EISA, in collaboration with the Electoral Observatory, a local coalition of eight civil society organisations, conducted a parallel vote tabulation exercise in 11 of the 43 municipal races. In this effort, the Observatory deployed 650 domestic observers in the 13 municipalities who observed the voting and counting and collected the results from 650 polling stations (see Interim Report [PDF document]
EISA, in collaboration with the Electoral Observatory, conducted a parallel vote tabulation (PVT) exercise during the November 19 municipal elections. The PVT was conducted in thirteen of the 43 Mozambican municipalities. In the selected municipalities, the electoral contest was expected to be tightly fought and/or there was a history of political conflict during electoral processes. In the cities of Beira and Matola the PVT was conducted on the basis of a random sample of polling stations, and in the remaining eleven municipalities the PVT was based on the collection of tally sheets from all polling stations to produce a full parallel count. This methodology was chosen due to the fact that these eleven municipalities are too small for a sample to be used.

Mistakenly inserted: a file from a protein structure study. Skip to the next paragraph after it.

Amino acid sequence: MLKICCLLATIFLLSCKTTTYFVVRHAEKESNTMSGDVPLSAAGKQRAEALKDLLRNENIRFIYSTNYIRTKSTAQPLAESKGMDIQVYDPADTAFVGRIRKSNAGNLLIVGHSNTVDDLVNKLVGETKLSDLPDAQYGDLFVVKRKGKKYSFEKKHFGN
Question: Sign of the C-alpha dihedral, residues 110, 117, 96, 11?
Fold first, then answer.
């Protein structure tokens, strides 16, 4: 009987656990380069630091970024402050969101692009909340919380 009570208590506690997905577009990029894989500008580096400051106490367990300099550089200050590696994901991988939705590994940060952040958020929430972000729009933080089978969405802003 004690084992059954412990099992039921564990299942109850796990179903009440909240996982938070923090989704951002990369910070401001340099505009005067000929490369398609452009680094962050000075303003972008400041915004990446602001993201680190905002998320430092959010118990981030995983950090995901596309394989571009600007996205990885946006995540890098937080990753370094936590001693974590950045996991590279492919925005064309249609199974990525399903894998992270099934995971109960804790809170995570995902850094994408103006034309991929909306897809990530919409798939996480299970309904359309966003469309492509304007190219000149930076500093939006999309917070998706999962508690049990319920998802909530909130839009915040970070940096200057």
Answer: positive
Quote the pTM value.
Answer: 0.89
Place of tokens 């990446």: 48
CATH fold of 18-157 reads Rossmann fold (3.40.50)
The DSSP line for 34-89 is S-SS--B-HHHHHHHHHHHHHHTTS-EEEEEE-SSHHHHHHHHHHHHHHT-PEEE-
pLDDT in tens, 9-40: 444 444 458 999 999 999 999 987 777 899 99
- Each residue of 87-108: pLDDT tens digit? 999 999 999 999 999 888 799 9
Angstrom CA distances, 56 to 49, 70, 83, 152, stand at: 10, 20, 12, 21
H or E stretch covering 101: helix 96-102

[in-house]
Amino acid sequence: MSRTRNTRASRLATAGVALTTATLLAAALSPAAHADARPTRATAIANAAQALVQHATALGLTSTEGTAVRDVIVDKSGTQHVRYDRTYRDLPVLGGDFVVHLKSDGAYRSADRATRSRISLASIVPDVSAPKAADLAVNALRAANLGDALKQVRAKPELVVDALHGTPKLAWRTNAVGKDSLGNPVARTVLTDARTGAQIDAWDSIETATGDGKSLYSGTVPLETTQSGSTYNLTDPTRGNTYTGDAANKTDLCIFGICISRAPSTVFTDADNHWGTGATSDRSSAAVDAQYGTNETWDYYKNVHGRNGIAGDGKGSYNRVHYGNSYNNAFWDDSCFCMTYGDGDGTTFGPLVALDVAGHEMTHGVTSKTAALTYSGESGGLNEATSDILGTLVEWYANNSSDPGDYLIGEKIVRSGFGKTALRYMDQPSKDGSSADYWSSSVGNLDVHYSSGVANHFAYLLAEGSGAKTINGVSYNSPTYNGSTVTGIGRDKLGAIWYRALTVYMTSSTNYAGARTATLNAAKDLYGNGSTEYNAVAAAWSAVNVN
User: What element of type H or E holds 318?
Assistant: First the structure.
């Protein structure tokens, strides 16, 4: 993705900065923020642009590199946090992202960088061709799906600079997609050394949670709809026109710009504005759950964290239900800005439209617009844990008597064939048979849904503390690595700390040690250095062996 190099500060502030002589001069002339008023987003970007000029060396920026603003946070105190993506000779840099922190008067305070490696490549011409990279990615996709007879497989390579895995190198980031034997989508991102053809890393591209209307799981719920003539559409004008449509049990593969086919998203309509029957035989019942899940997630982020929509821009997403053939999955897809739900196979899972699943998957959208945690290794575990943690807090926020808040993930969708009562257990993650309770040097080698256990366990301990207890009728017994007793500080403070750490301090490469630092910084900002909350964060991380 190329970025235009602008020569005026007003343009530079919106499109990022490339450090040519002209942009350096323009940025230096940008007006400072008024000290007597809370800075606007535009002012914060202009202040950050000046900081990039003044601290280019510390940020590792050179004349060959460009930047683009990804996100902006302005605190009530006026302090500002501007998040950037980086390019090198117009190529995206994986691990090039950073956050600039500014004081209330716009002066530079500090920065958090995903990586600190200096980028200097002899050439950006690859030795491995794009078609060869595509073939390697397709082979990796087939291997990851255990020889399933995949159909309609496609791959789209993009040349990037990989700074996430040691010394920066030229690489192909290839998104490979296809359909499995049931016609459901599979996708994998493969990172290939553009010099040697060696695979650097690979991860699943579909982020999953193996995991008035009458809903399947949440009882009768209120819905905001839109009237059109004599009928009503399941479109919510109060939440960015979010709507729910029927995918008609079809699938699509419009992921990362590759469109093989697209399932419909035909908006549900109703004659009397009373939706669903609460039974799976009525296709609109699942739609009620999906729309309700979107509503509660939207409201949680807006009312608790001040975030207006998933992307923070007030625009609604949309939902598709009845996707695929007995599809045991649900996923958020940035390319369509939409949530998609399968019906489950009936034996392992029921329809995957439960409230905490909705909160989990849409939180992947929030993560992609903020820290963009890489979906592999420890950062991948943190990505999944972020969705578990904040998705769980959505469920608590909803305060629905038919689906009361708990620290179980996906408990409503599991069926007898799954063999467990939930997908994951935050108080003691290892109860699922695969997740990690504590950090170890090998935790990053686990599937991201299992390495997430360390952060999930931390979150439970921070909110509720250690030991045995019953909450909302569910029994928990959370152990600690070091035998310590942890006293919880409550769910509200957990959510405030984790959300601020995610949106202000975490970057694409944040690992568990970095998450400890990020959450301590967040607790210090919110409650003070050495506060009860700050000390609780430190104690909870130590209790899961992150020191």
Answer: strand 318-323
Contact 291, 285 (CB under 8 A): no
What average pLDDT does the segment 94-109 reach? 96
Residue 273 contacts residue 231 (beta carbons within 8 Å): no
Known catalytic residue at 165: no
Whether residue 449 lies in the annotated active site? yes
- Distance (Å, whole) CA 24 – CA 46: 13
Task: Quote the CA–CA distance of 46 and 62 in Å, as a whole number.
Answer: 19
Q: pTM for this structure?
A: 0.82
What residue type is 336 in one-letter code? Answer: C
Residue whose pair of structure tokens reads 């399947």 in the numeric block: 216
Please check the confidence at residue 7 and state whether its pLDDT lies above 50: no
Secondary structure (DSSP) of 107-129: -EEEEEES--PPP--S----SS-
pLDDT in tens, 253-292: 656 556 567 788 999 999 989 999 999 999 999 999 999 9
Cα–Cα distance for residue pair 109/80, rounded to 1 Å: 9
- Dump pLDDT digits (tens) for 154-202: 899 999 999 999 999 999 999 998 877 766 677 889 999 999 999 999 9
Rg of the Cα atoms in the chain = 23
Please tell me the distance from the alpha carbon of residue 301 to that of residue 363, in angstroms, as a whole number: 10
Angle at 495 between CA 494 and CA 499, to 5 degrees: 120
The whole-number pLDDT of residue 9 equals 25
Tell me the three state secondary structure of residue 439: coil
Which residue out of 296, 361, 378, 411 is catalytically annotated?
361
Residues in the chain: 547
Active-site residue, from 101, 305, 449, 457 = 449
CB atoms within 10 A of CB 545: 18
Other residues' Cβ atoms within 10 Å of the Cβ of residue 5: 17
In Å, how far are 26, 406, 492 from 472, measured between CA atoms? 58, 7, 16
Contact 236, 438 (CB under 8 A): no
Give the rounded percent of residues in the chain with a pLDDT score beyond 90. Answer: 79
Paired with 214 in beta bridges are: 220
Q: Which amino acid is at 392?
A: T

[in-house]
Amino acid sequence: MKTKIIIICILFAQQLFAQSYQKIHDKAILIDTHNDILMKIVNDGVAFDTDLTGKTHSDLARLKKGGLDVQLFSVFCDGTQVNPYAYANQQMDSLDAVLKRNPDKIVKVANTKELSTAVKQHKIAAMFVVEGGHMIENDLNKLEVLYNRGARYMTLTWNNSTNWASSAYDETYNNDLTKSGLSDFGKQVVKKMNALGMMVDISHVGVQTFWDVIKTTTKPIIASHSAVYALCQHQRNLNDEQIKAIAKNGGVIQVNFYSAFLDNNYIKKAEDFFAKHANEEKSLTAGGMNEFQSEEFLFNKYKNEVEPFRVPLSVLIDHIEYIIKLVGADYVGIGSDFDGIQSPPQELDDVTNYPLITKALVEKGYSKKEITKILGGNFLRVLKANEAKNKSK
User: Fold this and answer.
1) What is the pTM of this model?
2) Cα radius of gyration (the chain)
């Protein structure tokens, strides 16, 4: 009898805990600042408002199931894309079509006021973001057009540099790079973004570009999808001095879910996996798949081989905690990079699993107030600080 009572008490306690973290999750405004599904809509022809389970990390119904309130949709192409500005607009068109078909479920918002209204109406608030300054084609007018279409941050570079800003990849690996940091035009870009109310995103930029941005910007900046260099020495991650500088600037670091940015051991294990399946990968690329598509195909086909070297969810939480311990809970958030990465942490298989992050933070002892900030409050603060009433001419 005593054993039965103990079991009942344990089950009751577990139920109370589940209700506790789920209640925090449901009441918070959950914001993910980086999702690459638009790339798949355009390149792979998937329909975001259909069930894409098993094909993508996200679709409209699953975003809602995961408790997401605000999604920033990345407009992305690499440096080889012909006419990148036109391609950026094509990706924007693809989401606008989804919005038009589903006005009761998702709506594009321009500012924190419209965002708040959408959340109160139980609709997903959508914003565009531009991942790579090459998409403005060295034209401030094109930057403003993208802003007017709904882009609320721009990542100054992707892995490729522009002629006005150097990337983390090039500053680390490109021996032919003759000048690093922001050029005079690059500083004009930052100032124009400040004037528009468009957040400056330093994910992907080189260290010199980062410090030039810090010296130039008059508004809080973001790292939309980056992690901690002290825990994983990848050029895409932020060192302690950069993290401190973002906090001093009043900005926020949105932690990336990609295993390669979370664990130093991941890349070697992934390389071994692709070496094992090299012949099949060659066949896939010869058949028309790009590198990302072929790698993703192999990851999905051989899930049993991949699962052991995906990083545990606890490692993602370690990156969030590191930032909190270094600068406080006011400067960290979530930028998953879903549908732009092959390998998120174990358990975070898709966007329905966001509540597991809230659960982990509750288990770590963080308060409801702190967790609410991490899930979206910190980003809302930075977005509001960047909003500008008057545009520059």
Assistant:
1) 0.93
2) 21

Around 650 observers, recruited by the Electoral Observatory and co-trained by EISA, were involved in the exercise. Besides training and technical advice, EISA also hosted and managed the central command post and results database. This PVT exercise proved to be quite critical for the transparency and credibility of the elections. When the municipal electoral commissions released the provisional results, a week after the voting, the Nacala city commission gave Frelimo the victory in both races, and the Beira city commission gave Frelimo a 52% majority in the municipal assembly. However, the PVT showed that in Nacala no candidate had obtained more than 50% of the votes and, therefore, a second round would be required; and in Beira, no party had an absolute majority in the assembly and, although Frelimo had the largest portion of the vote, its share was only 41%. The Electoral Observatory and EISA submitted the PVT results to the National Electoral Commission immediately after the municipal commissions released their provisional results. When announcing the final results on December 4, the National Electoral Commission confirmed what the PVT had showed: that there would be a second round in Nacala, and no party had obtained an absolute majority in Beira.